Instead, Gray suffered a minor foot injury during an audition at wide receiver in the first week of practice, and, at that moment, the thought of letting Gray moonlight left head coach Mark Richt's head immediately.
"I don't know if his body is ready for the type of punishment it could get as a receiver, whether he's trying to block or catching the ball over the middle," Richt said. "Things happen so fast out there. It's not a good place to be learning your trade. You end up getting in vulnerable positions when you're really not sure what you're doing."
Gray is the Bulldogs' third string quarterback and his only hope of moving above that as long as Matthew Stafford is in Athens is injury. With that in mind, offensive coordinator Mike Bobo wanted to get a glimpse of Gray's athleticism at another position this year.
"I was kind of excited about it at first," said Gray, who played receiver as a freshman in high school while waiting to take over as the starting quarterback at Rock Bridge High School in Columbia, Mo. "I was kind of mad or whatever after I hurt my foot so it was kind of tough."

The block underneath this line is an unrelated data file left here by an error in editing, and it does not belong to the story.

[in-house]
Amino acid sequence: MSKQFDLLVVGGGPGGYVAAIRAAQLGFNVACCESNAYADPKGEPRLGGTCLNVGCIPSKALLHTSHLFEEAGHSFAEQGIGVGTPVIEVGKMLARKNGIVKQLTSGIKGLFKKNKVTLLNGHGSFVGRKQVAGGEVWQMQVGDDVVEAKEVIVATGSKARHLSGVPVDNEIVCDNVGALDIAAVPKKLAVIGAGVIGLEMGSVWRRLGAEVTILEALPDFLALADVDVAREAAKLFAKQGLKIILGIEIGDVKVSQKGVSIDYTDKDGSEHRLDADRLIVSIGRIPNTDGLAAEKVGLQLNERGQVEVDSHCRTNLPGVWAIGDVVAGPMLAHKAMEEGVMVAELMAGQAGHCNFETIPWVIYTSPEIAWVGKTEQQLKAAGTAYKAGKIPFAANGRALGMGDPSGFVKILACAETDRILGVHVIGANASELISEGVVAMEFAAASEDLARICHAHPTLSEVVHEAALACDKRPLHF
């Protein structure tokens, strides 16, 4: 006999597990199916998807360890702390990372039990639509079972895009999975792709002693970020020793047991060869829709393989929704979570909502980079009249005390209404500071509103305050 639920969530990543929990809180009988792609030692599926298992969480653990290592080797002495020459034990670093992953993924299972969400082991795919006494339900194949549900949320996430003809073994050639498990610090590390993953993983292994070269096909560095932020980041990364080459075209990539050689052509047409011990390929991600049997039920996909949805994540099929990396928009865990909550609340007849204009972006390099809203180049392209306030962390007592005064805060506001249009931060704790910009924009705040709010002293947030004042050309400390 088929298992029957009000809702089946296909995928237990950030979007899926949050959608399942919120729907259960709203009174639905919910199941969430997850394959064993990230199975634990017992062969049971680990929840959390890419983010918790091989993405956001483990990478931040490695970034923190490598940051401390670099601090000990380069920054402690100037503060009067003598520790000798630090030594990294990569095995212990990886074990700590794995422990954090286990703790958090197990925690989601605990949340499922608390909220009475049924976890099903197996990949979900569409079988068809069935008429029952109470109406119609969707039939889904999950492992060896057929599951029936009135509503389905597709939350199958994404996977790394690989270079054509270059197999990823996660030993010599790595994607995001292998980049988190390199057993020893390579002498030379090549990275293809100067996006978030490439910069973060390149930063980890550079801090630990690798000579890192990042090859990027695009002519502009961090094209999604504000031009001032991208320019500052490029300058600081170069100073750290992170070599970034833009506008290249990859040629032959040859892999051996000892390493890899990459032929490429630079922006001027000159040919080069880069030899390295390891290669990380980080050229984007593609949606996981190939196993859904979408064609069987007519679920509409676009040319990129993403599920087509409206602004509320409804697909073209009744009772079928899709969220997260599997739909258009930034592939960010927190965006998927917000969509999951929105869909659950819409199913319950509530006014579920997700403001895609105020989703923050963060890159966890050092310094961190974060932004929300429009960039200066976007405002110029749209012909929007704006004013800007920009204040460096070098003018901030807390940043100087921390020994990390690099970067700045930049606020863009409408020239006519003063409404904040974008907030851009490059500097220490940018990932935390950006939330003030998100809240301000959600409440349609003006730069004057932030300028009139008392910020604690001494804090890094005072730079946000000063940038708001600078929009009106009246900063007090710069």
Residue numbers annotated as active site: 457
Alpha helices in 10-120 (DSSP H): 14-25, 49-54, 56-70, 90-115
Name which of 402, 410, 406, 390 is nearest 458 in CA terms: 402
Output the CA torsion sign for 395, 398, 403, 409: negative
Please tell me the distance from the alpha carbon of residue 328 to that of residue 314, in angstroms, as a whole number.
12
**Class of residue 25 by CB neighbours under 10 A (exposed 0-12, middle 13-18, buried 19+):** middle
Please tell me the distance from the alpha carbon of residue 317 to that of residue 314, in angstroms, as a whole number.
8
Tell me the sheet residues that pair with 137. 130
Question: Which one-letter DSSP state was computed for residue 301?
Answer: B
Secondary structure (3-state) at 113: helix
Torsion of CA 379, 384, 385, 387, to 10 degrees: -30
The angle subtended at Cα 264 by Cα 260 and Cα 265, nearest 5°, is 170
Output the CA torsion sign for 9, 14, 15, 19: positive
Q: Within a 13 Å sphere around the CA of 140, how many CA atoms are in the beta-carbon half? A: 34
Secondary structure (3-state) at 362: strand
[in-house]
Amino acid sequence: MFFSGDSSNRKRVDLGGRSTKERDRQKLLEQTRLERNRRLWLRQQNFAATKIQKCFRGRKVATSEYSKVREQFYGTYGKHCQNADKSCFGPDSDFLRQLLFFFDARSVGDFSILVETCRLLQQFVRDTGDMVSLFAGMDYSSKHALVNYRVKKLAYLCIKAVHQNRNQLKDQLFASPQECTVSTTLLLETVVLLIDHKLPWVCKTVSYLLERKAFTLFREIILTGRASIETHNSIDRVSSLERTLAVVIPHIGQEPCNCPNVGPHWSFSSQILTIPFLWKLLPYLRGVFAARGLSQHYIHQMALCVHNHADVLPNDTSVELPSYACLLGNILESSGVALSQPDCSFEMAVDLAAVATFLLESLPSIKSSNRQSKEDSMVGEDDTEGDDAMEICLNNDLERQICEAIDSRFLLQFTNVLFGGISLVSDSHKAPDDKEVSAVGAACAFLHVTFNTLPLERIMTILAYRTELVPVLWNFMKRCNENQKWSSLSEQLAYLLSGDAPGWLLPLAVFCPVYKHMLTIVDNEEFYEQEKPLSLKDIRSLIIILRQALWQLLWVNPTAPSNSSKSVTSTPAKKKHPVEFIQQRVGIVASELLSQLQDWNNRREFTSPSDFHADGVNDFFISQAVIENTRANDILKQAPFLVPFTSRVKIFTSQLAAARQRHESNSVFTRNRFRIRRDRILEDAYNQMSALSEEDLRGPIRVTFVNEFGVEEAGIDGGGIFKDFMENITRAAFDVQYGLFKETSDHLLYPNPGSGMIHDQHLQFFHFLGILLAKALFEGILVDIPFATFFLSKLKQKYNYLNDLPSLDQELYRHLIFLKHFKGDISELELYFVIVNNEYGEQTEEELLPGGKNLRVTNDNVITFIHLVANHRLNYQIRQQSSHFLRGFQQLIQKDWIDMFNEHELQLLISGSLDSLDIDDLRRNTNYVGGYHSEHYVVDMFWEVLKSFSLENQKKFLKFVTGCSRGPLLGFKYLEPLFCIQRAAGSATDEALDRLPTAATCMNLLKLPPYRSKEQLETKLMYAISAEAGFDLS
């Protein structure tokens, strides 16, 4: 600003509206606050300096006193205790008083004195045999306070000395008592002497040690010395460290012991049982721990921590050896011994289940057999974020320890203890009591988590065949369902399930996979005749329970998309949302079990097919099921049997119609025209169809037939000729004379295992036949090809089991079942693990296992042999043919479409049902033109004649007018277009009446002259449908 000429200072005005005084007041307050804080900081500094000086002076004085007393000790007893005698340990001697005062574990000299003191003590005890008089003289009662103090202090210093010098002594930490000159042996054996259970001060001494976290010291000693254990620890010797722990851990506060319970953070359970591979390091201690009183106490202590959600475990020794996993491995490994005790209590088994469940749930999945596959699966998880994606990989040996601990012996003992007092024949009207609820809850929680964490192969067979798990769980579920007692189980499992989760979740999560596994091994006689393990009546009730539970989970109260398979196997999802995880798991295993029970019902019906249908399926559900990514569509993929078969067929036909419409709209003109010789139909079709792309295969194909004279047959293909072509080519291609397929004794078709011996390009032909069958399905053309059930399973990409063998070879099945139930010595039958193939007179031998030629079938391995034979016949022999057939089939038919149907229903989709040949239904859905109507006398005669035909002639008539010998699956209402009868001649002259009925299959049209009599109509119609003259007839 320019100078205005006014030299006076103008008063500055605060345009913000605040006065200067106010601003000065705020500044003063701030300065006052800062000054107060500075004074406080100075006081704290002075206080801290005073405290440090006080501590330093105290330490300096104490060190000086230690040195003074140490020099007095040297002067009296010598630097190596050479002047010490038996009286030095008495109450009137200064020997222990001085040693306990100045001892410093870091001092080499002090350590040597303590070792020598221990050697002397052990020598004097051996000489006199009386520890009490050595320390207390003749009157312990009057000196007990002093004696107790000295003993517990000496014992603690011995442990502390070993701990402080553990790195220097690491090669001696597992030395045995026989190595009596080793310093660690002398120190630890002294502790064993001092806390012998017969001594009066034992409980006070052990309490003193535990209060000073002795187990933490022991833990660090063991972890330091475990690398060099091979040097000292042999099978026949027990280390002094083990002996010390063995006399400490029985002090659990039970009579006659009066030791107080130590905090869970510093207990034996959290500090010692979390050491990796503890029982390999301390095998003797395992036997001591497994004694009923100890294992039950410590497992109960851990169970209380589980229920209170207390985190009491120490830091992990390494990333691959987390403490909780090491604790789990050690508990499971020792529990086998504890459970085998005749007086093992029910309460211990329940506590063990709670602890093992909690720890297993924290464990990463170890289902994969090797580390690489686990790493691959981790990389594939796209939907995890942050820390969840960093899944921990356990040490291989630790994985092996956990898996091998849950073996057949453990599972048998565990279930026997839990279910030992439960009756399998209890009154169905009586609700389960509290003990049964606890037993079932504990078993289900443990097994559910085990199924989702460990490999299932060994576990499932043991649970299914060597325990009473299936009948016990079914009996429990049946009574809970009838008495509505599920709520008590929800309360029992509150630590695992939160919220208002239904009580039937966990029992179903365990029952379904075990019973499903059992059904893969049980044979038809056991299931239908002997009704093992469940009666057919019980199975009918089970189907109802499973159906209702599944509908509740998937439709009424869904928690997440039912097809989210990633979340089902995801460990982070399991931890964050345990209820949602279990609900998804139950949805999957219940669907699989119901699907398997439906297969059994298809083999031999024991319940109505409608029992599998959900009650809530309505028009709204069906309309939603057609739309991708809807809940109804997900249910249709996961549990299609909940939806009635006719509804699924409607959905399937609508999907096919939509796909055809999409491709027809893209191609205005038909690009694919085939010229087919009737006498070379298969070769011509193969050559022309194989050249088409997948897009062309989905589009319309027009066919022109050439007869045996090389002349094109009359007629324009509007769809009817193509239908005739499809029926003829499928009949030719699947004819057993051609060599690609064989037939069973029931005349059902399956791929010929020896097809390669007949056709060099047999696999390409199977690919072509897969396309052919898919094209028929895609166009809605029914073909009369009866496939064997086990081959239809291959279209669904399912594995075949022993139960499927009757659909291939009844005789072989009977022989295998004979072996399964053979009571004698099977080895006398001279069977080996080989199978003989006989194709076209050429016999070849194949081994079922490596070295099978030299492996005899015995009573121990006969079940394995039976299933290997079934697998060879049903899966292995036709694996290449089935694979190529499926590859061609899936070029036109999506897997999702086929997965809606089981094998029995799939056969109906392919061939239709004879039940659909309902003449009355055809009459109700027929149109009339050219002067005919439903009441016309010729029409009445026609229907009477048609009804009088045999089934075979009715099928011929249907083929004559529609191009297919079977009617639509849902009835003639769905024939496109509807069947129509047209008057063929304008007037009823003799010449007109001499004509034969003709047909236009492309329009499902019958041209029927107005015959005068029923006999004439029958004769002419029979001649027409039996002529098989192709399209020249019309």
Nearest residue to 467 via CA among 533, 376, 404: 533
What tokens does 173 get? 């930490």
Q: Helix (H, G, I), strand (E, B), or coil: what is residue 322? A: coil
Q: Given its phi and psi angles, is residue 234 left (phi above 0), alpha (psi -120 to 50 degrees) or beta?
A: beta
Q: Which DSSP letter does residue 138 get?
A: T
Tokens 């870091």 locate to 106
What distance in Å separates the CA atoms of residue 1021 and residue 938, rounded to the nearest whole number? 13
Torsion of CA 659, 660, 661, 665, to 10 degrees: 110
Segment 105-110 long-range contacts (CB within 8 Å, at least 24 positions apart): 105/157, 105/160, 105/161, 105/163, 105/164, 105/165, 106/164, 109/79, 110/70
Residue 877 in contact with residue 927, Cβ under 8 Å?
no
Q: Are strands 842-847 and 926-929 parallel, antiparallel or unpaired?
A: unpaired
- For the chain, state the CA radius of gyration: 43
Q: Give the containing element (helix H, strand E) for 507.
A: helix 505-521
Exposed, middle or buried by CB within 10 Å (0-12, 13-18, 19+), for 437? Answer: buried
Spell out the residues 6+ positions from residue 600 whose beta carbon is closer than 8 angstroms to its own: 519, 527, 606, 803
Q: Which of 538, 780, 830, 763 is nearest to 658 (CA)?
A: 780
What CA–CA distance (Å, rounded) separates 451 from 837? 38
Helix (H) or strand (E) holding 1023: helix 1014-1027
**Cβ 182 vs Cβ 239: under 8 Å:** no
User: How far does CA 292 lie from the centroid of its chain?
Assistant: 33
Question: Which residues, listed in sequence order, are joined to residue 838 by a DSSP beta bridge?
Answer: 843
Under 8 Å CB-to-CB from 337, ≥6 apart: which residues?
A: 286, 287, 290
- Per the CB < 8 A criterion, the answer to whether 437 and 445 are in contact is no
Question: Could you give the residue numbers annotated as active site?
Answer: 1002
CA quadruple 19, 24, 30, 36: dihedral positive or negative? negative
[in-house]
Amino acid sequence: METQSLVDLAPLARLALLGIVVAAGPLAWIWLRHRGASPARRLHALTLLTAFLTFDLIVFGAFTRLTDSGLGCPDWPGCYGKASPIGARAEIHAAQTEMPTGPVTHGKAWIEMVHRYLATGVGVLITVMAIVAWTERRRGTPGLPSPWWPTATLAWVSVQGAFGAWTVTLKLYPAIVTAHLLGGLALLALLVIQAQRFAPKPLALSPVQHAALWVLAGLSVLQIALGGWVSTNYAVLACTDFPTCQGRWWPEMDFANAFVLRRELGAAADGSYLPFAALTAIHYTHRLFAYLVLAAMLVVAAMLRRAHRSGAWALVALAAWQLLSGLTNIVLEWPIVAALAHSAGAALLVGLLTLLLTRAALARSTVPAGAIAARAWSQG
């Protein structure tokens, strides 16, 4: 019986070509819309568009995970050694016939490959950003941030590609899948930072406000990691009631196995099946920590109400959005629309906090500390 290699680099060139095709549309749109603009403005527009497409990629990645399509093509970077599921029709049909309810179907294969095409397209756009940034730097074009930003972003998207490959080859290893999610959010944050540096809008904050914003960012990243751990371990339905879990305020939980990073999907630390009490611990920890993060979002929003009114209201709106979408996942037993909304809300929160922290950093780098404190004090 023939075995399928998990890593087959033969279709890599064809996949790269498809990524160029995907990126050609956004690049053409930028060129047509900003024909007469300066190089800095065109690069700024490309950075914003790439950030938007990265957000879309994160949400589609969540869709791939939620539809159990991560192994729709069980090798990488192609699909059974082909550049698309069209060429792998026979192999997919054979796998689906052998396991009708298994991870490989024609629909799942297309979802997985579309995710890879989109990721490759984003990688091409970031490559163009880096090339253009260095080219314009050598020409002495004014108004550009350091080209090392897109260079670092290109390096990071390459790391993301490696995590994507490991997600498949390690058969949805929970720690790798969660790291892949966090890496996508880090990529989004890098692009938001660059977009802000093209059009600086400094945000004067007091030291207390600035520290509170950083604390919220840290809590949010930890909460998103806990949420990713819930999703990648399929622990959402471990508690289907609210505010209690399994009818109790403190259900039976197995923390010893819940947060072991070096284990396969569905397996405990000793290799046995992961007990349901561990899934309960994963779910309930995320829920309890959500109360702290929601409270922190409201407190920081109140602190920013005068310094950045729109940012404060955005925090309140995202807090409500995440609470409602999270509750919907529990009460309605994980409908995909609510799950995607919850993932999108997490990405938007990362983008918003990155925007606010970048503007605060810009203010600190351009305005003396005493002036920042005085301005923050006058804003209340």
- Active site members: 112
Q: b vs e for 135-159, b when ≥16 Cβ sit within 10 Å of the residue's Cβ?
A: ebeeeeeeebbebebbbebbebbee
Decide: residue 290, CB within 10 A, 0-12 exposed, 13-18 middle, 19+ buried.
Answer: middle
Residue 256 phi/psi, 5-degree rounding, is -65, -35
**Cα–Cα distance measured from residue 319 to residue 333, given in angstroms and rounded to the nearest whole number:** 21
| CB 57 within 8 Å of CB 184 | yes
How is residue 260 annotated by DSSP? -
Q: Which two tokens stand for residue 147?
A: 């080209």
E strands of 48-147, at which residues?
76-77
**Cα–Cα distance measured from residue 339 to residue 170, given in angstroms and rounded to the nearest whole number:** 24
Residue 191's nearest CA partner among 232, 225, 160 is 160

Gray, who is up to 190 pounds, hasn't given up all hope on playing receiver yet.
"We'll see what happens this fall," he said. "Whatever they tell me to play, I'll try to go in and do it. I thought I was getting the hang of receiver a little."
Gray, who is healthy enough to run quarterback drills this week, could be used as a change-of-pace quarterback next year in select situations if he learns enough of the Bulldogs' offense, but he still has a lot to learn before that could happen, Richt said.
"Right now I doubt that's in the works," Richt said. "I think he still just needs to learn so much, but I can't sit here and say there wouldn't be a spot he could come in and do something for us."
"I think I still have a long way to go," Gray acknowledged, "but that is definitely something I'd love to do if the opportunity presents itself."
Even if another year of sitting and waiting is in Gray's future, he's happy at Georgia, he said. He has plenty of friends at the University of Missouri who questioned him on that repeatedly last year, particularly when the hometown Tigers rose to No. 1 in the nation for a brief time last year.
"Everybody was telling me I should have stayed home," Gray said.
The Tigers run an offensive system behind current starter Chase Daniels that's a perfect fit for Gray's blend of throwing and running, and Missouri recruited him furiously, offering a scholarship after his sophomore year in high school.
"It was tough not to go there, there was a lot of pressure, but I think I would have left home even if I didn't play football," he said. "I kind of just wanted to get away from home. I've been happy here since the beginning."